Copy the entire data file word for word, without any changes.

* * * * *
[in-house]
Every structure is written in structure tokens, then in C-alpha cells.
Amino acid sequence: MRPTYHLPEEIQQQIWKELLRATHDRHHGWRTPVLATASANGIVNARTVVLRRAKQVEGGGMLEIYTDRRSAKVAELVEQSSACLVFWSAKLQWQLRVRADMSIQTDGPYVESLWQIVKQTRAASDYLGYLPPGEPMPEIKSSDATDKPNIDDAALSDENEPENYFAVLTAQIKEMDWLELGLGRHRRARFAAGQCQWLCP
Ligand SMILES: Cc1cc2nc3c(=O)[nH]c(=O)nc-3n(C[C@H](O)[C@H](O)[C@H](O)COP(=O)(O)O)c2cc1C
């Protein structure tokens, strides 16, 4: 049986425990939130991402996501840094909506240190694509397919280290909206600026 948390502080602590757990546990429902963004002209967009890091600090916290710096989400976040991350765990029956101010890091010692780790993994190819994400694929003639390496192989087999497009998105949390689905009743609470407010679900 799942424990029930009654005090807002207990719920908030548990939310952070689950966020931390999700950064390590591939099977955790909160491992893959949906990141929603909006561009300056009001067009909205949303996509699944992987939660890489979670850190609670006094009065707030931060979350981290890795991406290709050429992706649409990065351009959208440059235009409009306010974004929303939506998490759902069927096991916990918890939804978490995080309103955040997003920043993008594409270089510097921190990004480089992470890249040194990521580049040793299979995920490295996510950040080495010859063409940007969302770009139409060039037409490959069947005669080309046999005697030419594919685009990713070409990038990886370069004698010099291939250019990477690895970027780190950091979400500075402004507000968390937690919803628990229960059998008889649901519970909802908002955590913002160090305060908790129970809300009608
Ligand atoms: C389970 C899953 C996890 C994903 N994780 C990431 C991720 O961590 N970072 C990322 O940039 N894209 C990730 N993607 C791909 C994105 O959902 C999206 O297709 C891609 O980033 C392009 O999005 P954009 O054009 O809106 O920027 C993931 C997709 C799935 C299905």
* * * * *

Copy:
[in-house]
Every structure is written in structure tokens, then in C-alpha cells.
Amino acid sequence: MRPTYHLPEEIQQQIWKELLRATHDRHHGWRTPVLATASANGIVNARTVVLRRAKQVEGGGMLEIYTDRRSAKVAELVEQSSACLVFWSAKLQWQLRVRADMSIQTDGPYVESLWQIVKQTRAASDYLGYLPPGEPMPEIKSSDATDKPNIDDAALSDENEPENYFAVLTAQIKEMDWLELGLGRHRRARFAAGQCQWLCP
Ligand SMILES: Cc1cc2nc3c(=O)[nH]c(=O)nc-3n(C[C@H](O)[C@H](O)[C@H](O)COP(=O)(O)O)c2cc1C
């Protein structure tokens, strides 16, 4: 049986425990939130991402996501840094909506240190694509397919280290909206600026 948390502080602590757990546990429902963004002209967009890091600090916290710096989400976040991350765990029956101010890091010692780790993994190819994400694929003639390496192989087999497009998105949390689905009743609470407010679900 799942424990029930009654005090807002207990719920908030548990939310952070689950966020931390999700950064390590591939099977955790909160491992893959949906990141929603909006561009300056009001067009909205949303996509699944992987939660890489979670850190609670006094009065707030931060979350981290890795991406290709050429992706649409990065351009959208440059235009409009306010974004929303939506998490759902069927096991916990918890939804978490995080309103955040997003920043993008594409270089510097921190990004480089992470890249040194990521580049040793299979995920490295996510950040080495010859063409940007969302770009139409060039037409490959069947005669080309046999005697030419594919685009990713070409990038990886370069004698010099291939250019990477690895970027780190950091979400500075402004507000968390937690919803628990229960059998008889649901519970909802908002955590913002160090305060908790129970809300009608
Ligand atoms: C389970 C899953 C996890 C994903 N994780 C990431 C991720 O961590 N970072 C990322 O940039 N894209 C990730 N993607 C791909 C994105 O959902 C999206 O297709 C891609 O980033 C392009 O999005 P954009 O054009 O809106 O920027 C993931 C997709 C799935 C299905």